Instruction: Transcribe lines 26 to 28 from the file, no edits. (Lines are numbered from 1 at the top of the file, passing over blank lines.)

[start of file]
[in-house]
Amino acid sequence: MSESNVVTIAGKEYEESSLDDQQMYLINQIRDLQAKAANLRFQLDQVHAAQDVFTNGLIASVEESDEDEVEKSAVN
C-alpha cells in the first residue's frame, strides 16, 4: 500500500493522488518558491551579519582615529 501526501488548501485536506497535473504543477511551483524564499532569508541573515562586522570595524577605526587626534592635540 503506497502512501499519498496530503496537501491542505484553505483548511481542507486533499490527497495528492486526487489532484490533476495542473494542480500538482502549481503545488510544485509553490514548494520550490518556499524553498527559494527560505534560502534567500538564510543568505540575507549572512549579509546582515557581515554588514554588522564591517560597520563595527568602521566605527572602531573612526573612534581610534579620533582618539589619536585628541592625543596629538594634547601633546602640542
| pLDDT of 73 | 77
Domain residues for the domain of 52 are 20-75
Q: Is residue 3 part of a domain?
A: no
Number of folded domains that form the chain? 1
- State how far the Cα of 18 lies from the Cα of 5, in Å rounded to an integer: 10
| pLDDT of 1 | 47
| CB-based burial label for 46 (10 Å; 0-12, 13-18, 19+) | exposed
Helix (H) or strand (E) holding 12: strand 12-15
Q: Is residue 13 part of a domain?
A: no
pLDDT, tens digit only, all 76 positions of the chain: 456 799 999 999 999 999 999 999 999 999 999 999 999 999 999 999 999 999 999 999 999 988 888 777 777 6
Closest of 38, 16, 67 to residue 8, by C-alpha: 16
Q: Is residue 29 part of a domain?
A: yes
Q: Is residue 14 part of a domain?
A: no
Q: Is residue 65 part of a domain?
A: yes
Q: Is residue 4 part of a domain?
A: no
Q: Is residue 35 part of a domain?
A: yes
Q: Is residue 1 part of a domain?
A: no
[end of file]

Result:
A: yes
Q: Is residue 1 part of a domain?
A: no